Mr. and Mrs. Charles G. Prasse Collection 1966.172
Catalogue raisonné: Hollstein II.139.237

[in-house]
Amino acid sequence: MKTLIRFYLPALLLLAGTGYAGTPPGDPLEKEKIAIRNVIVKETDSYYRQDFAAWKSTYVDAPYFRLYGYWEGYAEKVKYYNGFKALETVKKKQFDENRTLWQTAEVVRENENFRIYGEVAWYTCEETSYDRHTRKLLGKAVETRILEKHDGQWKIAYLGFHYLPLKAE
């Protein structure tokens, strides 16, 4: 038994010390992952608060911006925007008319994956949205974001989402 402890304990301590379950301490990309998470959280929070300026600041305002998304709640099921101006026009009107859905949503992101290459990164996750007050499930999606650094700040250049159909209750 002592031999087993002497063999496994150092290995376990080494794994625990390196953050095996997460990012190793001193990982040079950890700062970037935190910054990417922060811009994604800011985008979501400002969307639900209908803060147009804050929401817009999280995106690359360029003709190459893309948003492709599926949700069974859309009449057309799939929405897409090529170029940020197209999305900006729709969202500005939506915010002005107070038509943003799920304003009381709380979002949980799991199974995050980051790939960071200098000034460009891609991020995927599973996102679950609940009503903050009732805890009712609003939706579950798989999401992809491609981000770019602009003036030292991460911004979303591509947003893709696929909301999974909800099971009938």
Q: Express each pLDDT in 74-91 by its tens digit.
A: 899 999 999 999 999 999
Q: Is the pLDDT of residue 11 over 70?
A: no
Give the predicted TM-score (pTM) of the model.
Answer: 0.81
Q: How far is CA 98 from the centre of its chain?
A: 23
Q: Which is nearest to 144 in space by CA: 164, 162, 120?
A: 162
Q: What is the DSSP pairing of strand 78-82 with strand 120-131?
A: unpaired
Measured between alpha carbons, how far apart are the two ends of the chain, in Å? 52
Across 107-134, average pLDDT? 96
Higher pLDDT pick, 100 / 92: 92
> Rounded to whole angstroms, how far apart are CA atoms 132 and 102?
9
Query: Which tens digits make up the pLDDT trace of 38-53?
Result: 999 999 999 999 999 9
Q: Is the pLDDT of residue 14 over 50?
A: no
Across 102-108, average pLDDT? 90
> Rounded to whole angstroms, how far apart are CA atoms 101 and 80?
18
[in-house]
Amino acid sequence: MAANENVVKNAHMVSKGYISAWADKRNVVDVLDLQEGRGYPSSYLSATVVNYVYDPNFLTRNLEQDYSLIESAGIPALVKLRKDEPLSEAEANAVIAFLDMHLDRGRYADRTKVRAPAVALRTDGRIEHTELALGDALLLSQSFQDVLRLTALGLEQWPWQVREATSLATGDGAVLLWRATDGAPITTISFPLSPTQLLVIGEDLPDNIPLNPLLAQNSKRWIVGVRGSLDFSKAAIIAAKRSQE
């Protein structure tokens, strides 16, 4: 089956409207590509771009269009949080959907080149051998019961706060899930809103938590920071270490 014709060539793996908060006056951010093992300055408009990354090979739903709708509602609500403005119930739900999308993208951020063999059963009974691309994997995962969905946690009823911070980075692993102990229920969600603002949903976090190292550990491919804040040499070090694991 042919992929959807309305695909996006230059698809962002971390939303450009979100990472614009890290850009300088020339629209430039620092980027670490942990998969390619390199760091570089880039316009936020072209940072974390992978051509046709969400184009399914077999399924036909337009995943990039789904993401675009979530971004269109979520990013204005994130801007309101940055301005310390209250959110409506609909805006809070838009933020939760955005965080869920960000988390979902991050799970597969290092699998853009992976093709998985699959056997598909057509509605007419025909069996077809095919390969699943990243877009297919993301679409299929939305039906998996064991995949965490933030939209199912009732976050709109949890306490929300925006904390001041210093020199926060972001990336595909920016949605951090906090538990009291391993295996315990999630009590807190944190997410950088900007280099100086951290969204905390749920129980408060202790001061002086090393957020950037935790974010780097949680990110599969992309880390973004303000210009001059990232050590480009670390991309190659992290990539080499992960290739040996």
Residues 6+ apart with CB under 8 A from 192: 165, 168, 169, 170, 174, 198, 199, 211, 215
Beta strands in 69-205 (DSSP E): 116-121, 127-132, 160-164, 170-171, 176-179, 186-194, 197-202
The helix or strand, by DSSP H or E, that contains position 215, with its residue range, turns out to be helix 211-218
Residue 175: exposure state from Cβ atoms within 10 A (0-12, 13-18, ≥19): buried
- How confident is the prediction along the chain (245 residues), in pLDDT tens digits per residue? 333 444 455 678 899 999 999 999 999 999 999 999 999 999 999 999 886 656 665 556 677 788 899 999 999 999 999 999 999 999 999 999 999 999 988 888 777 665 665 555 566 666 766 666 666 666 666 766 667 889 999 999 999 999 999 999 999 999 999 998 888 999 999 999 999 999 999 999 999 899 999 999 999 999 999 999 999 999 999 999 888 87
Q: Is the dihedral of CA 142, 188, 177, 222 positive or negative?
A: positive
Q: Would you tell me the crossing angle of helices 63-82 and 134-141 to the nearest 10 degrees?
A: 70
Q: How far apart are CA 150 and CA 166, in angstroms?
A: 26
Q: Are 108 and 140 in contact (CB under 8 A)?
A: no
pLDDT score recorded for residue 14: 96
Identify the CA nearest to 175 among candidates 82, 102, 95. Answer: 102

Although the scene is enigmatic, presumably the witch has worked her magic through the physical power of the horse, who rendered the groom unconscious and now glowers at him. Representations of witchcraft were common during the early 16th century, a period of emerging moral reform and religious fervor. Baldung seemed to be obsessed with the evil power of female sexuality: representations of women with sinister or malicious connotations and their association with vulnerability and death are features of his work. Since Baldung's coat of arms appears on the wall behind the groom, who also bears some facial resemblance to portraits of the artist, some autobiographical reference may have been intended. Bewitched Groom presents a pessimistic view of man—or perhaps Baldung himself—who cannot resist the superior and evil forces of nature. The inevitability of physical passion, and its connection with the frailty of human nature, is a recurring theme in the artist's work.
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